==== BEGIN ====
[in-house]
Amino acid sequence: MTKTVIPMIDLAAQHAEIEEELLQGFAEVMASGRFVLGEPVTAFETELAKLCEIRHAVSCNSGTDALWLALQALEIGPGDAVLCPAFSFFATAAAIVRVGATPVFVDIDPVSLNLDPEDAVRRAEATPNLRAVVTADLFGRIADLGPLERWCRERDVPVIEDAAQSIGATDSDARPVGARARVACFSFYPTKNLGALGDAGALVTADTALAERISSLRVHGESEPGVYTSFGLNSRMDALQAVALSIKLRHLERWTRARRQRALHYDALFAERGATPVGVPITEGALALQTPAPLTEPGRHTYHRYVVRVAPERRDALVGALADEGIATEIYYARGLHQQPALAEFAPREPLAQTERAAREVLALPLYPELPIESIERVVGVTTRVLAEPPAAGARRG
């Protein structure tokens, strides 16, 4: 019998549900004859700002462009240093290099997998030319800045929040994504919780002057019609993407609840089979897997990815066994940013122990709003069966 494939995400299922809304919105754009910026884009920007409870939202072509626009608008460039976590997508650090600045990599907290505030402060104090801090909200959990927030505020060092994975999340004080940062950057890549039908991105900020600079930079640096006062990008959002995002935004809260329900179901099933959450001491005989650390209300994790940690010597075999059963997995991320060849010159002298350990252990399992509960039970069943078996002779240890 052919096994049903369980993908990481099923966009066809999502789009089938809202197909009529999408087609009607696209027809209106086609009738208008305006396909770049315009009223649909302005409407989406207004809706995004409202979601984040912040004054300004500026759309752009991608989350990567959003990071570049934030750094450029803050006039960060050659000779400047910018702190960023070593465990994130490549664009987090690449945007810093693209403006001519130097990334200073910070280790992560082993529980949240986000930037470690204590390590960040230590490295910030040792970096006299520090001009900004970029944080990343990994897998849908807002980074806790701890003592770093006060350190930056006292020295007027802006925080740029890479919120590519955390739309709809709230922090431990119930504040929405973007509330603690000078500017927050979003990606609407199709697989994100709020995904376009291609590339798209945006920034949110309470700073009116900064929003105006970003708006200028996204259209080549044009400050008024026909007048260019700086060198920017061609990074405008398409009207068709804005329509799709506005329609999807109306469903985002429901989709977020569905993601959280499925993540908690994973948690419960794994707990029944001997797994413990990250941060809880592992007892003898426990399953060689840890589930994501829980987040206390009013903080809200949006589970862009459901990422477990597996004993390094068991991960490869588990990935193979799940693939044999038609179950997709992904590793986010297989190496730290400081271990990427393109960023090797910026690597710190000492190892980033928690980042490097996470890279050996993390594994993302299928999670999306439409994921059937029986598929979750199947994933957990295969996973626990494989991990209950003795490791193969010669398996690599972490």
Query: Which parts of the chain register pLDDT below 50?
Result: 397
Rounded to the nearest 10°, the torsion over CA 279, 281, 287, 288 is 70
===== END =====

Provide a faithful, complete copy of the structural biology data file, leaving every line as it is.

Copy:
[in-house]
Amino acid sequence: MTKTVIPMIDLAAQHAEIEEELLQGFAEVMASGRFVLGEPVTAFETELAKLCEIRHAVSCNSGTDALWLALQALEIGPGDAVLCPAFSFFATAAAIVRVGATPVFVDIDPVSLNLDPEDAVRRAEATPNLRAVVTADLFGRIADLGPLERWCRERDVPVIEDAAQSIGATDSDARPVGARARVACFSFYPTKNLGALGDAGALVTADTALAERISSLRVHGESEPGVYTSFGLNSRMDALQAVALSIKLRHLERWTRARRQRALHYDALFAERGATPVGVPITEGALALQTPAPLTEPGRHTYHRYVVRVAPERRDALVGALADEGIATEIYYARGLHQQPALAEFAPREPLAQTERAAREVLALPLYPELPIESIERVVGVTTRVLAEPPAAGARRG
């Protein structure tokens, strides 16, 4: 019998549900004859700002462009240093290099997998030319800045929040994504919780002057019609993407609840089979897997990815066994940013122990709003069966 494939995400299922809304919105754009910026884009920007409870939202072509626009608008460039976590997508650090600045990599907290505030402060104090801090909200959990927030505020060092994975999340004080940062950057890549039908991105900020600079930079640096006062990008959002995002935004809260329900179901099933959450001491005989650390209300994790940690010597075999059963997995991320060849010159002298350990252990399992509960039970069943078996002779240890 052919096994049903369980993908990481099923966009066809999502789009089938809202197909009529999408087609009607696209027809209106086609009738208008305006396909770049315009009223649909302005409407989406207004809706995004409202979601984040912040004054300004500026759309752009991608989350990567959003990071570049934030750094450029803050006039960060050659000779400047910018702190960023070593465990994130490549664009987090690449945007810093693209403006001519130097990334200073910070280790992560082993529980949240986000930037470690204590390590960040230590490295910030040792970096006299520090001009900004970029944080990343990994897998849908807002980074806790701890003592770093006060350190930056006292020295007027802006925080740029890479919120590519955390739309709809709230922090431990119930504040929405973007509330603690000078500017927050979003990606609407199709697989994100709020995904376009291609590339798209945006920034949110309470700073009116900064929003105006970003708006200028996204259209080549044009400050008024026909007048260019700086060198920017061609990074405008398409009207068709804005329509799709506005329609999807109306469903985002429901989709977020569905993601959280499925993540908690994973948690419960794994707990029944001997797994413990990250941060809880592992007892003898426990399953060689840890589930994501829980987040206390009013903080809200949006589970862009459901990422477990597996004993390094068991991960490869588990990935193979799940693939044999038609179950997709992904590793986010297989190496730290400081271990990427393109960023090797910026690597710190000492190892980033928690980042490097996470890279050996993390594994993302299928999670999306439409994921059937029986598929979750199947994933957990295969996973626990494989991990209950003795490791193969010669398996690599972490």
Query: Which parts of the chain register pLDDT below 50?
Result: 397
Rounded to the nearest 10°, the torsion over CA 279, 281, 287, 288 is 70